By Philippa Bougeard
Who can remember learning to read? As a child, I loved books, and from an early age, was as much entranced by the words as I was by the pictures that illustrated them.
But I can’t recall that definitive moment when the wiggly black letter shapes jumped out at me from the page and suddenly started to make sense.
On starting school, I brought home preliminary, learn-to-read Biff, Chip and Kipper books. I’m sure that anybody in their twenties will remember learning to read in these carefully laid-out stages. I liked the illustrations of the children, wearing ordinary jeans and t-shirts in their safe pastel world. But their adventures were tedious, a family of four going about their daily chores in a boring believable way. The world that had been created seemed just too average to be set out on a storybook page.
What else could I read? It was then that I discovered the Kipper stories.
Kipper is a lovable pup that has succeeded in stealing the hearts of parents and kids alike for over a quarter of a decade. Illustrator and author Mick Inkpen brought his dog character sharply into focus – and into children’s picture books – by giving Kipper his own series; ‘…I stood him up on his back legs, essentially made him a kind of substitute for a child and that’s how it all started.’
Kipper doesn’t have any parents (or, at least, there is no mention of them in his stories) He is allowed to do things that most young children are not yet able or allowed to do; which makes the things that he gets up to altogether more exciting and a bit mischievous!
He goes camping and fishing with his friends (it is necessary to point out here that any kids’ book these days writing about this kind of activity would come with an accompanying Health & Safety Warning for parents reading over their kids’ shoulders), he goes to the beach, and ventures out in the snow – and without a coat, hat or gloves! Best of all, he has lots of toys and is very messy!
In creating Kipper, did Mick Inkpen have an inkling of the popularity it would have with kids? He claims not. ‘Kipper was a character I came to build up over a number of years…I thought, ‘What character do I want to draw?’, and realized that dogs gave me a lot of latitude; so I made a list of names and chose one that struck the right balance between oddness and familiarity.’ Kipper is a curious character: he looks like a dog, but he acts like a playful child; an ‘honorary toddler’, as his creator puts it. It’s not difficult to imagine him as your favourite friendly pet.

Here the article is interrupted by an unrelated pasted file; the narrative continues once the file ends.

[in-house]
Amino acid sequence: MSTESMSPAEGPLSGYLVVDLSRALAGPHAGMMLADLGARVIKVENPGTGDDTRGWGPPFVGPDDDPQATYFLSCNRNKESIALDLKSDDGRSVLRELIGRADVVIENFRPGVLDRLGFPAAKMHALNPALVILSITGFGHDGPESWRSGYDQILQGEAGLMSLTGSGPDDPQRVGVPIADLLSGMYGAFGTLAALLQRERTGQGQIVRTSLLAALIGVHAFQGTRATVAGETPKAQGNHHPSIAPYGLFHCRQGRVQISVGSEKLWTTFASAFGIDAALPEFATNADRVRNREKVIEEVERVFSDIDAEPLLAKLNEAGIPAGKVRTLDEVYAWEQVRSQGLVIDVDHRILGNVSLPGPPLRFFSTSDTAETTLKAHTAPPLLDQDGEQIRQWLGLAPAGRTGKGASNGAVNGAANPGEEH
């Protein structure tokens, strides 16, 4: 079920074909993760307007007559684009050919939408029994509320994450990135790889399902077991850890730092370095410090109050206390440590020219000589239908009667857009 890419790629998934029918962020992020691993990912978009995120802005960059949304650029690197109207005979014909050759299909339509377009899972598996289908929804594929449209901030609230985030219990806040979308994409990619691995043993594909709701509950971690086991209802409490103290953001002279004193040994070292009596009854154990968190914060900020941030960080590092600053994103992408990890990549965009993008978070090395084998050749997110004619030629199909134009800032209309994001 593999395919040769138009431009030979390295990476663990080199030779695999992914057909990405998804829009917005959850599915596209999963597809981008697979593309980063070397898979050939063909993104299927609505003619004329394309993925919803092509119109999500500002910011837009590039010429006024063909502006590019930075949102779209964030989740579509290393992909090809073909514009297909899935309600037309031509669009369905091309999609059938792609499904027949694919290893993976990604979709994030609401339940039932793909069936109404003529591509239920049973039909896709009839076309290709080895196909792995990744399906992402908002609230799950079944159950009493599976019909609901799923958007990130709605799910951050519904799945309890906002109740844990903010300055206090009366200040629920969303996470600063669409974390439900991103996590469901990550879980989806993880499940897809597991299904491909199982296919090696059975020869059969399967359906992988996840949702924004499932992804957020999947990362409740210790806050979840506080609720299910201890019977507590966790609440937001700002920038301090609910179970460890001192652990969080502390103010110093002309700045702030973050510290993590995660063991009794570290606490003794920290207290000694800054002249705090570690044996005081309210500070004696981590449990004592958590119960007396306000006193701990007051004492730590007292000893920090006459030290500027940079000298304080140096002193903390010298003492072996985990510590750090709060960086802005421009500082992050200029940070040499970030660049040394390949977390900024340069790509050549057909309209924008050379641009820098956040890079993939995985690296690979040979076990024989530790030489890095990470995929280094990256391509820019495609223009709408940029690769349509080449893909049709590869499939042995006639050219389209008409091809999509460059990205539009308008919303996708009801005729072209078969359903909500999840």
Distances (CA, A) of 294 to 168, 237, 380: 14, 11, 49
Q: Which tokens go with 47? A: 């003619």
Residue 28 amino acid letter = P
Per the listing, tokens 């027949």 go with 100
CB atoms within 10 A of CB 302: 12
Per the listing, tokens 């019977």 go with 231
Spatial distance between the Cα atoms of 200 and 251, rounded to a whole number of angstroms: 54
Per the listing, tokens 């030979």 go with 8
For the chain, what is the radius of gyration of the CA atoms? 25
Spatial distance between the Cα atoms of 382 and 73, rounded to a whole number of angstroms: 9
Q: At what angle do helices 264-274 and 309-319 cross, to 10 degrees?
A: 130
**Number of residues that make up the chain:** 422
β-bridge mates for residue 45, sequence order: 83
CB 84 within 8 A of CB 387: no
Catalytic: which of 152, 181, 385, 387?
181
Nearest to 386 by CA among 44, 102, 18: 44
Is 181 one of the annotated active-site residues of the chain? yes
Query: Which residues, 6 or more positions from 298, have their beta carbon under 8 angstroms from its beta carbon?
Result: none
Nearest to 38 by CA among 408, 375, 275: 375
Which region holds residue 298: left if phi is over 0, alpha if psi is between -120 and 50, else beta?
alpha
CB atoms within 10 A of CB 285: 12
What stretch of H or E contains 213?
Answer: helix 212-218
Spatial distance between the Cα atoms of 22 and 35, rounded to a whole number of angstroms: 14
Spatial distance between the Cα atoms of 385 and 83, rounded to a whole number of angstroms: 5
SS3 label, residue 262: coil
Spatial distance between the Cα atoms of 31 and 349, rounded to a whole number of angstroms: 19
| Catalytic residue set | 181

This year, Kipper celebrates his 26th birthday, yet it is impossible to think of him as any older than about four of five years of age. He’ll continue to grow up with the next generations of children who will read his books with fresh eyes, forever giggling at his antics, as he auspiciously tries to track down a mouse in his toy box, and tries to have a good night sleep in a flowerpot.
Surprisingly, Mick Inkpen has said that he never sets out with a specific story for Kipper. Armed with his trusty pen and pad of paper, he frequently ponders about what Kipper is going to do next before he has even drawn it. With every new blank page, a new adventure can take page on an imaginary stage he calls a ‘Whiteworld’. The words come after the pictures, and with that, a heightened sense of anticipation shared between storyteller and reader with each turn of the page: ‘What happens next? Well, you sit down and I’ll tell you.’
We can feel this type of excitement when we are sat in the stalls of the theatre, waiting for the show to begin. The drawing back of the dusty red and gold curtain is the unveiling of an entirely conjured up world, before your very eyes onstage. What better place than the theatre to make cherished childhood stories come to life?
This December at Worthing Theatres, the much-loved tale of ‘Kipper’s Snowy Day’ will be played out to us with the expert help of puppets and an ingenious magical set. Come along to Worthing Theatres from 19-29 December (it is advised that you bring a child), and participate in a truly magical performance experience with your favourite dog book-character and friends. I know I’ll be there. Having grown up with the Kipper stories myself, I am still somewhat enchanted by them. And it’s strange to think that, after all this time, I am only two years’ younger than Kipper!